Pre-Columbian Genetic Engineering

This is pretty cool, from Charles C. Mann's new book, and quoted by Marginal Revolution:

...the modern species [of maize] had to have been consciously developed by a
small group of breeders who hunted through teosinte strands for plants with
desired traits.  Geneticists from Rutgers University...estimated in 1998 that
determined, aggressive, plan breeders -- which Indians certainly were -- might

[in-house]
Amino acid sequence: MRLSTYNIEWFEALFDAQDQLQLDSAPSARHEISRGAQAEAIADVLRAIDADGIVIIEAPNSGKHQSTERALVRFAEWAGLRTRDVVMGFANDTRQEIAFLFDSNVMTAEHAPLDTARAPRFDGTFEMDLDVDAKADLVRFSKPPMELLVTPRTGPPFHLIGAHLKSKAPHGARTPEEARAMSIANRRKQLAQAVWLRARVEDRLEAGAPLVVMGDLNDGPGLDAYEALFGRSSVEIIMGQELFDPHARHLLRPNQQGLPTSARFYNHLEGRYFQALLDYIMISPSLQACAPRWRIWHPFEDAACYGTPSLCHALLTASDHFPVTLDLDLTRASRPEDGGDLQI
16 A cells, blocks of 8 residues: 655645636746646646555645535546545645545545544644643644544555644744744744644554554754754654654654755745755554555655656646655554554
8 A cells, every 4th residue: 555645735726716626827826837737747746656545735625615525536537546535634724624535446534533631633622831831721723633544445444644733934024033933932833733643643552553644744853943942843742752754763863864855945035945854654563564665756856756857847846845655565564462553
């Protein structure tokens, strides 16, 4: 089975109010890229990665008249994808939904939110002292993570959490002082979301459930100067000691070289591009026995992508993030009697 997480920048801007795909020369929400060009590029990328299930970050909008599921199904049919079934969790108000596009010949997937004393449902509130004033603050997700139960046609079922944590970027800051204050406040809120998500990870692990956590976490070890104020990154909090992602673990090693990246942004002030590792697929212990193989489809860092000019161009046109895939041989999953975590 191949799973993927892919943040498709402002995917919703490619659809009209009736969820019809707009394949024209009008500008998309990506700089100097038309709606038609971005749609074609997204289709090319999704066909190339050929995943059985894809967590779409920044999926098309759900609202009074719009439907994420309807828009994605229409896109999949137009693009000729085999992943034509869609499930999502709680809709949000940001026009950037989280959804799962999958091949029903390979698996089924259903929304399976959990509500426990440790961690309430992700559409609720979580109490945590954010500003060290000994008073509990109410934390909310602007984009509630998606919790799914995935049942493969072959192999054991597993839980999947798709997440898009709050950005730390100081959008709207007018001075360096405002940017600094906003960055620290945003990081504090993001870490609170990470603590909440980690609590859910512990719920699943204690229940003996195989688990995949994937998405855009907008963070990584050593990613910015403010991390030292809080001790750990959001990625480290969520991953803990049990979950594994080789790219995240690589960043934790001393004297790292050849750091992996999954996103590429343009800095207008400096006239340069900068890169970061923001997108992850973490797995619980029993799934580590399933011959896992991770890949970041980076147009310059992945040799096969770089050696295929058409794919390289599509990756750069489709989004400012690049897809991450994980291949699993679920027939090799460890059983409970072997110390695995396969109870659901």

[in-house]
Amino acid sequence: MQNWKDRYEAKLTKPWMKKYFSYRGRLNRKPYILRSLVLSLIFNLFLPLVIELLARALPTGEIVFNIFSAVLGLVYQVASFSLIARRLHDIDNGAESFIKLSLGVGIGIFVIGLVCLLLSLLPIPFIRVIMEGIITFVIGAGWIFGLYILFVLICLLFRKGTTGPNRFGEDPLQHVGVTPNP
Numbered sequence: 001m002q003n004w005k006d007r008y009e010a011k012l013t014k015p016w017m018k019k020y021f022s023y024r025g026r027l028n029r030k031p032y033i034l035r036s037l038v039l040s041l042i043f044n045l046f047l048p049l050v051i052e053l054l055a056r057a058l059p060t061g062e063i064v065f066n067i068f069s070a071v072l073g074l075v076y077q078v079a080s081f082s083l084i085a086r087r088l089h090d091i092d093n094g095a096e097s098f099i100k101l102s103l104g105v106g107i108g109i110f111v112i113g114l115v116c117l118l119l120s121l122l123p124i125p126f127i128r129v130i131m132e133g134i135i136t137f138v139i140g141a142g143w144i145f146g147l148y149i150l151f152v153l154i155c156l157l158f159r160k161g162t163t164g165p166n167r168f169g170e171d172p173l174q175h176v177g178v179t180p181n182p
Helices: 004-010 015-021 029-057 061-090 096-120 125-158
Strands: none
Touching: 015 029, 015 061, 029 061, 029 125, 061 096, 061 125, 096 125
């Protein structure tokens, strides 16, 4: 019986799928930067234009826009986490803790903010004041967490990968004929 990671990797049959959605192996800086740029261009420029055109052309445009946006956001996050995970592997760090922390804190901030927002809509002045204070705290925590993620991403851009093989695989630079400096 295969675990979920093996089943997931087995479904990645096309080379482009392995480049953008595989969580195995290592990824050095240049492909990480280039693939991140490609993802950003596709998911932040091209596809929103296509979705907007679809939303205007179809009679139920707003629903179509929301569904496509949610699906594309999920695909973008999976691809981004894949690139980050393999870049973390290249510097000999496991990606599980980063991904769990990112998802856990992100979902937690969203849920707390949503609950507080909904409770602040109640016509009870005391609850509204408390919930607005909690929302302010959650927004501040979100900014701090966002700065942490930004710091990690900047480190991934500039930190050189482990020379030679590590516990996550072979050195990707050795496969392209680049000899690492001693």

have been able to breed maize in as little as a decade...modern maize was the
outcome of a bold act of conscious biological manipulation -- "arguably man's
first, and perhaps his greatest, feat of genetic engineering," [Nina
Federoff]..."To get corn out of teosinte is so -- you couldn't get a grant to do
that now, because it would sound so crazy...Somebody who did that today would
get a Nobel Prize!  If their lab didn't get shut down by Greenpeace, I mean."

One Comment

  1. Mark:

    The incentive is so big. Nobel prize! I am thinking of establishing a lab for research now. :P